The Clubs were designed to address adverse birth outcomes in the African American community. Club Mom and Club Dad is available to families with children 0-5 years that live, play, work and pray in Ramsey County. Club Mom and Club Dad links participants to concrete supports, promotes social connectedness and creates a consistent safe space to build community networks and a village of protective factors that are culturally relevant and promotes physical and mental well-being. Club Mom and Dad participants are viewed as community ambassadors where information is shared and parents are recognized as the first teachers of their children. In addition to group connections, families with younger children have the option of receiving ongoing case management from Parent Educators through an Evidence-Based Home Visiting Model, Parents As Teachers® (PAT). PAT® home visits and groups connections include components of Parent-Child Interactions, Family Wellness Resources and Developmental Centered Parenting.


AUGUST 11, 2020

Yellow Zones: A Place Where You Can Flourish

Brittany Pfannenstein,  Stearns County Public Health Coordinator
Dani Protivinsky DrPH, MPH , Stearns County  Public Health Coordinator

Brittany Pfannenstein and Dani Protivinsky

According to Dr. Corey Keyes, less than 20% of the US population is flourishing. The Yellow Zone is and a resiliency initiative created by Stearns County Public Health to help schools, businesses, and the community establish environments that support the health and well-being individuals based on positive psychology research. A Yellow Zone promotes mental well-being through five basic pillars - Helping, Socializing, Learning, Playing, and Spirituality. All five of these components nurture the psychological, emotional and social aspects of mental health. Yellow Zones are intended to cultivate an environment that supports a flourishing community! Stearns County Public Health developed and implemented a Yellow Zone pilot initiative in 2019 with community partners including schools, worksites, and local public health. In 2020 Steans is launching conversations with new community partners around ways to help youth and the aging adult population to thrive, including integrated partnerships with Health and Human Services.  Implementing the Yellow Zone initiative across multiple sectors has helped Stearns County expand the focus on mental health to include factors that support flourishing.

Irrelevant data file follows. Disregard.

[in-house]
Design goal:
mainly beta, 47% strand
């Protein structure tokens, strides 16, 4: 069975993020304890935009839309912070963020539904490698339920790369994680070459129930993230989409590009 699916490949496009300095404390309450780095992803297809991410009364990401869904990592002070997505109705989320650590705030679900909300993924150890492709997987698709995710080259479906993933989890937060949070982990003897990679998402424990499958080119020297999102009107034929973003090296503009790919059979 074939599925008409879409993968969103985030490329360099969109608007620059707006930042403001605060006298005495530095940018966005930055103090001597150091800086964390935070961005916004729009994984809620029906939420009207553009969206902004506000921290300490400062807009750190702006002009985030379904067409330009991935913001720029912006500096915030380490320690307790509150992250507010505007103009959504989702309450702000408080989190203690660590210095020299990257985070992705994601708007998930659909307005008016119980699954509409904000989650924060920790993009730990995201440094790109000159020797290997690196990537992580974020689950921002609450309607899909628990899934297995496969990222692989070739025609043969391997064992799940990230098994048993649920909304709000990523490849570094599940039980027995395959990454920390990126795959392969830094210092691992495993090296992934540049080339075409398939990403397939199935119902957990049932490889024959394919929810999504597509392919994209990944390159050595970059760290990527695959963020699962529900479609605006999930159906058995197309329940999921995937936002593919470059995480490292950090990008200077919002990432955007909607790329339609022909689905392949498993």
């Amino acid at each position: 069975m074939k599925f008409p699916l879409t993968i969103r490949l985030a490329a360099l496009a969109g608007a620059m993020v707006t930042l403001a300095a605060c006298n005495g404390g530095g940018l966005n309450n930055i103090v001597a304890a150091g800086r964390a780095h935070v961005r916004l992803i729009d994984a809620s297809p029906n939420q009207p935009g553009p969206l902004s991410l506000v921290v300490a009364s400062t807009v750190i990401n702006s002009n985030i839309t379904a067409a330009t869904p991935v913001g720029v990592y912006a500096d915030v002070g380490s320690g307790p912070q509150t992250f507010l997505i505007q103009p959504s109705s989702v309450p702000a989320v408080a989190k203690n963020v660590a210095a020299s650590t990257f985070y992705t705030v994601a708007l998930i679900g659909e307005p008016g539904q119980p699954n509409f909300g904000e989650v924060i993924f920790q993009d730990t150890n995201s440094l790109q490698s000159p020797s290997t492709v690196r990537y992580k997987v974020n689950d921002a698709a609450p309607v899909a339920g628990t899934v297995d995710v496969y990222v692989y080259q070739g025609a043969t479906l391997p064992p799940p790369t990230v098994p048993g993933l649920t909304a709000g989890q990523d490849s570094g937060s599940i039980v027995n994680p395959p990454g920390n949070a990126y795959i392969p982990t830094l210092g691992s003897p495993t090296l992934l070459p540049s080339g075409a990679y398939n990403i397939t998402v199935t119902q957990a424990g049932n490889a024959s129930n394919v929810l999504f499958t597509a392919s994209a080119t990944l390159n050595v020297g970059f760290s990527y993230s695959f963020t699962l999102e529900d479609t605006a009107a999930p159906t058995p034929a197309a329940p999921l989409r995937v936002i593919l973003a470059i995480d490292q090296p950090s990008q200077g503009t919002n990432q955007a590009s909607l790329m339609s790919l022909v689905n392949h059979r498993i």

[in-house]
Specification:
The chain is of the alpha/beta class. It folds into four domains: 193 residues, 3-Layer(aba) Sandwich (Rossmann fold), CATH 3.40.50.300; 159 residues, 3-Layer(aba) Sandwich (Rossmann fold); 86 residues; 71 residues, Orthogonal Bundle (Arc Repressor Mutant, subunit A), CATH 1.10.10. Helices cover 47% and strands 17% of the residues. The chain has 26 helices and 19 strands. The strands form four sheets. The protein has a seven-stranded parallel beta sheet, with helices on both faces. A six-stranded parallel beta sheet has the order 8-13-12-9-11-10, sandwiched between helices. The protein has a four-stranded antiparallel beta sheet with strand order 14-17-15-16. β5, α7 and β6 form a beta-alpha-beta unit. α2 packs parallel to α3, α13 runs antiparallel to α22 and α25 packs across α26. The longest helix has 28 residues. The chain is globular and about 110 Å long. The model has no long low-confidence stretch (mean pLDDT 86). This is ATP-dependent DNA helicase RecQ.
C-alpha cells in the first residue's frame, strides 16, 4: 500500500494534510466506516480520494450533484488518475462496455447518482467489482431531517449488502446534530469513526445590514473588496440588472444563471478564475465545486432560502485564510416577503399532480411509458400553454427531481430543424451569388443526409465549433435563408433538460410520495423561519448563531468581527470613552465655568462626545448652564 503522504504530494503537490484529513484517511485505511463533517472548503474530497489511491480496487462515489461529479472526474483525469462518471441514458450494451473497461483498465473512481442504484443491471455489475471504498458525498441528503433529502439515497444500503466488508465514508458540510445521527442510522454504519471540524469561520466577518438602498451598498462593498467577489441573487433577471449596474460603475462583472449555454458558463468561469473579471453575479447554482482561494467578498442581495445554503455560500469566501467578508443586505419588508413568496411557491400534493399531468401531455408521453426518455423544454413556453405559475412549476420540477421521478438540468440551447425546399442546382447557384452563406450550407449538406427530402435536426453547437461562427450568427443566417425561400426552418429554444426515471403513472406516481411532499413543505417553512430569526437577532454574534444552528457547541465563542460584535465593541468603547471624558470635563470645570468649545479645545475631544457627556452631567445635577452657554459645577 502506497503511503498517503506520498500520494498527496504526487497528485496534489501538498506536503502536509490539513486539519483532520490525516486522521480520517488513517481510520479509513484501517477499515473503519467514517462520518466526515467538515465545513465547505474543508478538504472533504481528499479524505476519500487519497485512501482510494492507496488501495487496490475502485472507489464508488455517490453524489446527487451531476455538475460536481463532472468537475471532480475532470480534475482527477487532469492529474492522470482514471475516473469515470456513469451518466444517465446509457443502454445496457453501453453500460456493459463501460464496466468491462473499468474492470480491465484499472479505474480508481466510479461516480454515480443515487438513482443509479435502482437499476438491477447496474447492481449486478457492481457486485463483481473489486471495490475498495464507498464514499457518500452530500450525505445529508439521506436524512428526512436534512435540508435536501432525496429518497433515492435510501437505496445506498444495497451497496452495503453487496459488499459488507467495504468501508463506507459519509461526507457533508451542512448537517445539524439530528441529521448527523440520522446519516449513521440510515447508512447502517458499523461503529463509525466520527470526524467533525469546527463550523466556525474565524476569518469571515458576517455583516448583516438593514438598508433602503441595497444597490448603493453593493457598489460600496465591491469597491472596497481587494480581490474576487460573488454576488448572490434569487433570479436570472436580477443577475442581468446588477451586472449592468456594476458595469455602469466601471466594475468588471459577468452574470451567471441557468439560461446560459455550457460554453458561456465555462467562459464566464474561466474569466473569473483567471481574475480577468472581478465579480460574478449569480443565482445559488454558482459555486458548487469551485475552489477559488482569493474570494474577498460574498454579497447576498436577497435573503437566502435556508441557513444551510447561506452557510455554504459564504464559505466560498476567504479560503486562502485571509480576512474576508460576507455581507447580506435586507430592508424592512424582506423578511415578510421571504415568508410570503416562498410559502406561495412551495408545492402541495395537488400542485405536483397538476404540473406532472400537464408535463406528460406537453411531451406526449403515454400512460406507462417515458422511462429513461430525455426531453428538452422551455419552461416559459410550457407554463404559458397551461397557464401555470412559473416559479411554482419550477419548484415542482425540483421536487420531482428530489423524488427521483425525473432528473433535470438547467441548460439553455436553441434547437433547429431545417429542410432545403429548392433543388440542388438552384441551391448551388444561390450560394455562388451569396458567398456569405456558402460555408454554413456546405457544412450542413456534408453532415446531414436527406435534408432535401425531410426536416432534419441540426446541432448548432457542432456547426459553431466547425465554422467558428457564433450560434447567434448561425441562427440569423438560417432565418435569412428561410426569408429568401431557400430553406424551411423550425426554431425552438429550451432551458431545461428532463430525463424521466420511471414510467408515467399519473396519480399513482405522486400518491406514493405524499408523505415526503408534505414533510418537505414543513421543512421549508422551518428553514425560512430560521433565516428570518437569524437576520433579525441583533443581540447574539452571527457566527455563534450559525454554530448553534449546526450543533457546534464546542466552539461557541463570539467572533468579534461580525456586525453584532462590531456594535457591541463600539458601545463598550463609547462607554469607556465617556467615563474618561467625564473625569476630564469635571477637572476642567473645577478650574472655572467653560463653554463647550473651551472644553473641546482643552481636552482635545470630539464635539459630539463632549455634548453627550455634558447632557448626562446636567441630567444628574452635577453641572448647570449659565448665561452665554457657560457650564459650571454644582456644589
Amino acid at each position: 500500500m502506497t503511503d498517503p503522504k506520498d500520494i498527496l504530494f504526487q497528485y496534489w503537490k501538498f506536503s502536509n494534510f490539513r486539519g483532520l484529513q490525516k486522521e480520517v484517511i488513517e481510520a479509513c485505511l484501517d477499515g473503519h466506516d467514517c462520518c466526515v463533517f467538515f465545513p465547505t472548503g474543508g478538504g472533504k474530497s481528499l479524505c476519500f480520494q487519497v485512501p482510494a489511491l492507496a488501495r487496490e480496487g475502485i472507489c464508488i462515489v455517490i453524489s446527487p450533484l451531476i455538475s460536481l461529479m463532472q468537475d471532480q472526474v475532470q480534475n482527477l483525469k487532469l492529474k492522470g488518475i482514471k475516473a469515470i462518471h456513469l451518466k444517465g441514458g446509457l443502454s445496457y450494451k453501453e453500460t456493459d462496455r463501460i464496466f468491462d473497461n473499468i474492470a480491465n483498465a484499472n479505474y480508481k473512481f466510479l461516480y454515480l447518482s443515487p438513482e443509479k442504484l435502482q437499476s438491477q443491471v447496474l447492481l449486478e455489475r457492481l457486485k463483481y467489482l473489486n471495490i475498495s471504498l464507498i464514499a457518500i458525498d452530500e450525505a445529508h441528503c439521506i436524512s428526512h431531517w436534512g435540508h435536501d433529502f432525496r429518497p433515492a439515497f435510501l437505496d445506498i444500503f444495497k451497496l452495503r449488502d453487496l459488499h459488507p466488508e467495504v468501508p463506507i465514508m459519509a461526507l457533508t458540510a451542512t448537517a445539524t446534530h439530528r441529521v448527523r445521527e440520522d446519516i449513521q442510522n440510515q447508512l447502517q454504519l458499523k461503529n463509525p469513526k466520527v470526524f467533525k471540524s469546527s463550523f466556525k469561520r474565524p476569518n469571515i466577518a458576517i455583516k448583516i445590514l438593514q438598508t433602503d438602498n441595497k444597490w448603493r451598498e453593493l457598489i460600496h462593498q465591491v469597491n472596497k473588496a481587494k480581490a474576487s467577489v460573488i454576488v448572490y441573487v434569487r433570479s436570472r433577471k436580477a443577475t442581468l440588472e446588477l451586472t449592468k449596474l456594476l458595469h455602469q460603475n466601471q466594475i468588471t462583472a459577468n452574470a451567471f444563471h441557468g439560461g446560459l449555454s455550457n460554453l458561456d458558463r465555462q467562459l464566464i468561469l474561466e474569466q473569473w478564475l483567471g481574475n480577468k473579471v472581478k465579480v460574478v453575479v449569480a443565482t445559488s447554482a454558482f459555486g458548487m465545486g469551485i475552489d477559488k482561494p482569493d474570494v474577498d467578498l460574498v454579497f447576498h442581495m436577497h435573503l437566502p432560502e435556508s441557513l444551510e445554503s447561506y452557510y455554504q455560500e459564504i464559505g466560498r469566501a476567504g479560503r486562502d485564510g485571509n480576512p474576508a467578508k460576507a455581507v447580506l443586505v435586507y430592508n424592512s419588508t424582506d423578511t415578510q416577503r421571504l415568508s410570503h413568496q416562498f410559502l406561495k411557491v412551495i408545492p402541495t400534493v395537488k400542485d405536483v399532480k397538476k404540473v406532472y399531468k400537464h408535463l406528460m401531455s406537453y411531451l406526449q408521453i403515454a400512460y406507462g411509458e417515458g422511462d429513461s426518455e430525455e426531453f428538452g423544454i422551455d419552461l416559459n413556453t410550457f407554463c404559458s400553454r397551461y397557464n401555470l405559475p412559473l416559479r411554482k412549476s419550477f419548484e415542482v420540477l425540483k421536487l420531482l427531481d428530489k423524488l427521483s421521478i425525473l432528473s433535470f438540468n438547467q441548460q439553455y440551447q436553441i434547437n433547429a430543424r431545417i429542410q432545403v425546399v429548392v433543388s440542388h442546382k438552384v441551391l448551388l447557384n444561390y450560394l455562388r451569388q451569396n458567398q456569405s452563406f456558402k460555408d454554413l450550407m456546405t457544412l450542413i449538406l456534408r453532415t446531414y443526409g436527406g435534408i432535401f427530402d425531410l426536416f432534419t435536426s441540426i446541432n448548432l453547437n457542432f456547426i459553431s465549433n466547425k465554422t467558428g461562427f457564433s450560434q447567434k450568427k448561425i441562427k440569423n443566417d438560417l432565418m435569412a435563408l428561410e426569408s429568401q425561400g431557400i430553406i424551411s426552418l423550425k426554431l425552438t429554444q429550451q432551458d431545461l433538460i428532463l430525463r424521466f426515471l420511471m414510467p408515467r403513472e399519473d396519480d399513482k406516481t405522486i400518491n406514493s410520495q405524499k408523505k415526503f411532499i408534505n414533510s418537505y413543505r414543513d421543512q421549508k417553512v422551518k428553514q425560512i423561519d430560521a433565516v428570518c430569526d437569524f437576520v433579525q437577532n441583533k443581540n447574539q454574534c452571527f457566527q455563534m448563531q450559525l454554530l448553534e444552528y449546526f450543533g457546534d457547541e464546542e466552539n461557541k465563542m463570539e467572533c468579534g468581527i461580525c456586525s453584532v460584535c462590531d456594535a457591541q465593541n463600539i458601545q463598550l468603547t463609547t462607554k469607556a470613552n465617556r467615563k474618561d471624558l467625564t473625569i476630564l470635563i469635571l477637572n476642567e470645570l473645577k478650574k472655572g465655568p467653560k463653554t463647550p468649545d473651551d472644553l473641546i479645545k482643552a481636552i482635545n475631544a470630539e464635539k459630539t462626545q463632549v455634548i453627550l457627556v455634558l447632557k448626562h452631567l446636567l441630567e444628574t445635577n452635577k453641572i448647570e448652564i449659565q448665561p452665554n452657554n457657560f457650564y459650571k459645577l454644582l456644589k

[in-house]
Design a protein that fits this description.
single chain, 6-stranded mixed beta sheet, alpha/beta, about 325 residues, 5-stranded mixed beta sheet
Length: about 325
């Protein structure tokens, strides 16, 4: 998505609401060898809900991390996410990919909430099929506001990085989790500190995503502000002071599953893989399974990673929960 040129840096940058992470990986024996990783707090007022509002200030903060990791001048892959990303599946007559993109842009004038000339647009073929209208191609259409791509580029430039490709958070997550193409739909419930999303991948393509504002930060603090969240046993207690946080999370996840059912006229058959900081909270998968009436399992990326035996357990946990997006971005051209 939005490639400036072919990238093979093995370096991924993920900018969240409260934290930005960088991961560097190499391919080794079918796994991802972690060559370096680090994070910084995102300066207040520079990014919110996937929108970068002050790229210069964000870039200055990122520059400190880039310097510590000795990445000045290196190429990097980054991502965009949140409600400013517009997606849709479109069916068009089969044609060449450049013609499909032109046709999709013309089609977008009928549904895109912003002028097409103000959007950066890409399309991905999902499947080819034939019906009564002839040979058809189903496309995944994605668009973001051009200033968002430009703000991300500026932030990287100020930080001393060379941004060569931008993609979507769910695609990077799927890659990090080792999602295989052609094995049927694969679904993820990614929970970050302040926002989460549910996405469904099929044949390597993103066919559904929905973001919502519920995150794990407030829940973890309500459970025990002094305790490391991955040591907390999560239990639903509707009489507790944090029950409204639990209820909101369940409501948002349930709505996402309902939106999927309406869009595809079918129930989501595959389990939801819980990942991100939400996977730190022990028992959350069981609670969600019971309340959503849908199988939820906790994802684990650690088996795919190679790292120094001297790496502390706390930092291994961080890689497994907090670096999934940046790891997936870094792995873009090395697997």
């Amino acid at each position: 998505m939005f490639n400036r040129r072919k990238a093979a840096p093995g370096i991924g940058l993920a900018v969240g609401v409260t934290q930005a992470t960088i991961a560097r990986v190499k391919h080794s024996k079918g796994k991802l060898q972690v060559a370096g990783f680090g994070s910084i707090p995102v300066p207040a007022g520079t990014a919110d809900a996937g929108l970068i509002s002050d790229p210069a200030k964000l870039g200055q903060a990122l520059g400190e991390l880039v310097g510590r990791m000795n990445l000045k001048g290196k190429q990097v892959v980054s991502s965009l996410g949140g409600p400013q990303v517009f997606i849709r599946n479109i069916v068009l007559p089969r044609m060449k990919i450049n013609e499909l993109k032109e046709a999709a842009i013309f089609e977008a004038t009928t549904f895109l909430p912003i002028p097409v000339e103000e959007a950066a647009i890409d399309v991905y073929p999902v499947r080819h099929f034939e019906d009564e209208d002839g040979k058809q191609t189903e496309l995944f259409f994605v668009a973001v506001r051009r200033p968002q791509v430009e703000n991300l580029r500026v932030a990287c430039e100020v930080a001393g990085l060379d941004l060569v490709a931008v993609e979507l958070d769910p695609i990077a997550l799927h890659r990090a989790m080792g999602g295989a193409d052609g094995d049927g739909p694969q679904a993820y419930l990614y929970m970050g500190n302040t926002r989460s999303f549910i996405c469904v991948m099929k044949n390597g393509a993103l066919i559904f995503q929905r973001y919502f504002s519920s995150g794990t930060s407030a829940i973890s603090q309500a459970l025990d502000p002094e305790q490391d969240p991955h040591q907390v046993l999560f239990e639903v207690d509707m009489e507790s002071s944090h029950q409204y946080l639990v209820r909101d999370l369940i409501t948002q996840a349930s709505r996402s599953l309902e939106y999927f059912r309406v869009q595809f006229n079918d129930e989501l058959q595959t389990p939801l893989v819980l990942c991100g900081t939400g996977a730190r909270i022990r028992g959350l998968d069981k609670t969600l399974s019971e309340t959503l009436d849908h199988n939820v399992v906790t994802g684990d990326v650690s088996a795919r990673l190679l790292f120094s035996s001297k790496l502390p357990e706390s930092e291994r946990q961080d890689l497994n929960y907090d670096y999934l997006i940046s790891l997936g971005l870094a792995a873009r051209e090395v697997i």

JULY 28, 2020

Amplifying the Mental Well-being Elements of SNAP Education in Minnesota
Chelsea Williams

Chelsea Williams, MPH
University of Minnesota Extension, SNAP Ed Program

Minnesota Supplemental Nutrition Assistance Program Education (SNAP-Ed) programs inherently support mental wellness by creating opportunities for social connection and by co-creating with community members to support community needs. Our educators also support well-being by identifying strategies that increase access to healthy foods, enhance skills to prepare nutritious meals at home, and develop action steps to incorporate physical activity into daily routines.

In 2019, our SNAP-Ed team within Health and Nutrition, at the University of Minnesota Extension, began to explore strategies to intentionally enhance mental wellness initiatives through our nutrition and physical activity programming. As a part of the SNAP-Ed 2020 plan, we created a mental flourishing team that will develop action plans to support the mental well-being of both our participants and our Extension staff. This webinar will share the process, actions, and key learning to date. 


JULY 21, 2020: A Special COVID Session from 10:00-11:00 AM

Tools to Screen Well and Live More: Creating a Healthy Relationships with Technology during COVID 19 and Beyond

Maree Hampton and KK Myers
Maree Hampton, Med
KK Myers, Med
Co-Founders of Live More Screen Less

We have all been called upon to use technology more than ever as many of us work and learn from home. While technology offers amazing ways to communicate, learn, and work, many of us are feeling the effects of screen overuse. Our physical, mental, social, and emotional wellbeing are impacted by the increased time on screens.  Our productivity, coping skills, feelings of connection, and contributions to our community have been compromised and altered. We could all use some strategies to Screen Well!

Join us for a webinar with LiveMore ScreenLess to learn key daily digital wellbeing tips, tools, and practices to mitigate the harmful effects of screen overuse and to gain a more balanced and intentional relationship with technology. LiveMore will share the voices and experiences of Minnesotans-young people, college students, educators, and parents to shed light on how heavy screen use is impacting health and wellbeing. During the webinar, LiveMore experts and young people will share the impacts on mental, cognitive, social, emotional, physical, and environmental wellbeing. This critical discussion seeks to ensure that in the current COVID environment and for generations to come we all are positioned to support the digital wellbeing of our communities.